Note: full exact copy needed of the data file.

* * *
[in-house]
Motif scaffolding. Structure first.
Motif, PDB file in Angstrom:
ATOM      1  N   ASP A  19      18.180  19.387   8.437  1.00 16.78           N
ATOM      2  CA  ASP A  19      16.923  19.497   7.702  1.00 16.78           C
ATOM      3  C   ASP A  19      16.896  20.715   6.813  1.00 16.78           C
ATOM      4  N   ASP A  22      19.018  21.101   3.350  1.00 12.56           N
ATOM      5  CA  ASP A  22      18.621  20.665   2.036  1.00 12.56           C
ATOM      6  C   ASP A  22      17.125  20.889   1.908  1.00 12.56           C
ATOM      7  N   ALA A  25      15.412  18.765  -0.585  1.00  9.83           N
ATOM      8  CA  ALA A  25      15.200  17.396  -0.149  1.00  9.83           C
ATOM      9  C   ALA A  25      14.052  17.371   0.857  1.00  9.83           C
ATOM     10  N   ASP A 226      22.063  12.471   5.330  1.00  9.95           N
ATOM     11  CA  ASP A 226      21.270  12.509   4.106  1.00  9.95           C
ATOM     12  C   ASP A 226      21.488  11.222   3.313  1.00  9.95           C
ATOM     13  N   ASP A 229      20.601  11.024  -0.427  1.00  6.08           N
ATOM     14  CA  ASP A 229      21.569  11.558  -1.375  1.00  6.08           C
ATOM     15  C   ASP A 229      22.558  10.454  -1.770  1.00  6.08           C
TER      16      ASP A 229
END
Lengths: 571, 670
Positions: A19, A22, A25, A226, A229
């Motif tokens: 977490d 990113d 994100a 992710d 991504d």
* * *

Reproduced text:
[in-house]
Motif scaffolding. Structure first.
Motif, PDB file in Angstrom:
ATOM      1  N   ASP A  19      18.180  19.387   8.437  1.00 16.78           N
ATOM      2  CA  ASP A  19      16.923  19.497   7.702  1.00 16.78           C
ATOM      3  C   ASP A  19      16.896  20.715   6.813  1.00 16.78           C
ATOM      4  N   ASP A  22      19.018  21.101   3.350  1.00 12.56           N
ATOM      5  CA  ASP A  22      18.621  20.665   2.036  1.00 12.56           C
ATOM      6  C   ASP A  22      17.125  20.889   1.908  1.00 12.56           C
ATOM      7  N   ALA A  25      15.412  18.765  -0.585  1.00  9.83           N
ATOM      8  CA  ALA A  25      15.200  17.396  -0.149  1.00  9.83           C
ATOM      9  C   ALA A  25      14.052  17.371   0.857  1.00  9.83           C
ATOM     10  N   ASP A 226      22.063  12.471   5.330  1.00  9.95           N
ATOM     11  CA  ASP A 226      21.270  12.509   4.106  1.00  9.95           C
ATOM     12  C   ASP A 226      21.488  11.222   3.313  1.00  9.95           C
ATOM     13  N   ASP A 229      20.601  11.024  -0.427  1.00  6.08           N
ATOM     14  CA  ASP A 229      21.569  11.558  -1.375  1.00  6.08           C
ATOM     15  C   ASP A 229      22.558  10.454  -1.770  1.00  6.08           C
TER      16      ASP A 229
END
Lengths: 571, 670
Positions: A19, A22, A25, A226, A229
């Motif tokens: 977490d 990113d 994100a 992710d 991504d």